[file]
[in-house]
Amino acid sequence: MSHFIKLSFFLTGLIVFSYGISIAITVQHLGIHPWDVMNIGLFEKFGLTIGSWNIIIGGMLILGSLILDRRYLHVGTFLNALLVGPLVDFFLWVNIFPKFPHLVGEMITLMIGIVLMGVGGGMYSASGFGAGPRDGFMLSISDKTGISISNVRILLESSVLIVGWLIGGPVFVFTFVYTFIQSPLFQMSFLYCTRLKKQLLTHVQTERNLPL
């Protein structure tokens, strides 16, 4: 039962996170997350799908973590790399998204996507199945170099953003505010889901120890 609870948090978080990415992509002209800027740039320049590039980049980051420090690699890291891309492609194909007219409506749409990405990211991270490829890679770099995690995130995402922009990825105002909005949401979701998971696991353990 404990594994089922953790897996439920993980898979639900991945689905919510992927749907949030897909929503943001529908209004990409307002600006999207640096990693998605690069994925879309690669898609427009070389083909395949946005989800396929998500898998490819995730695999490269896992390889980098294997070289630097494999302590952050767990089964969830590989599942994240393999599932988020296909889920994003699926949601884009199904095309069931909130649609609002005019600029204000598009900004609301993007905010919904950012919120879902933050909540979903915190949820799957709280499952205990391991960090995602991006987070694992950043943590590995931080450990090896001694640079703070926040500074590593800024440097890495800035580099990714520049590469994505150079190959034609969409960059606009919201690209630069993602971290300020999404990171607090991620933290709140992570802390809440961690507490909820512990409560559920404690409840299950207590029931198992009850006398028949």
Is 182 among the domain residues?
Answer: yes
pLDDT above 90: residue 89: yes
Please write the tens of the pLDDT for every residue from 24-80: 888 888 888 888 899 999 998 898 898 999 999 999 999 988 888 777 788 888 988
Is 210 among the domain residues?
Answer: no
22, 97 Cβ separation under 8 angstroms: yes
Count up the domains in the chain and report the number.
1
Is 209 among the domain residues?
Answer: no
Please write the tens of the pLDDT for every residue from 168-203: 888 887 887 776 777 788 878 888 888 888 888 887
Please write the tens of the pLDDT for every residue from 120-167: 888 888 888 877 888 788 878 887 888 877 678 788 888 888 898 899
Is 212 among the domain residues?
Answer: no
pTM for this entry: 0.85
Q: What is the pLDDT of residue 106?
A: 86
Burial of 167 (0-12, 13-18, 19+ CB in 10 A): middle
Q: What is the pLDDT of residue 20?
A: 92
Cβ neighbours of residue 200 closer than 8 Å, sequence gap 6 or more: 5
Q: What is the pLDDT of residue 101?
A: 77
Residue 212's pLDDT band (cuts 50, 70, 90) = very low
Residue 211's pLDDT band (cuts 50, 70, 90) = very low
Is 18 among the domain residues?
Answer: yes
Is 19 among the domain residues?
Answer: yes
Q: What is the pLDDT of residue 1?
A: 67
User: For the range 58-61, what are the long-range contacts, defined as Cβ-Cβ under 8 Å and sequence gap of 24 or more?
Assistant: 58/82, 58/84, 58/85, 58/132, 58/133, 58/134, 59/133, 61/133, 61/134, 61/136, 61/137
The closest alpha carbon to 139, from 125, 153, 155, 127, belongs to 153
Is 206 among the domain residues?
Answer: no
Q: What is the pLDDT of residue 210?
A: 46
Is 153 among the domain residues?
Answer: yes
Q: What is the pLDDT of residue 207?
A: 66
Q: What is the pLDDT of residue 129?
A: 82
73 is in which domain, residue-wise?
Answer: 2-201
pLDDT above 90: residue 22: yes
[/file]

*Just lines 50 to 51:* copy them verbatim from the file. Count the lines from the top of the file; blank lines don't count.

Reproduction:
Answer: 2-201
pLDDT above 90: residue 22: yes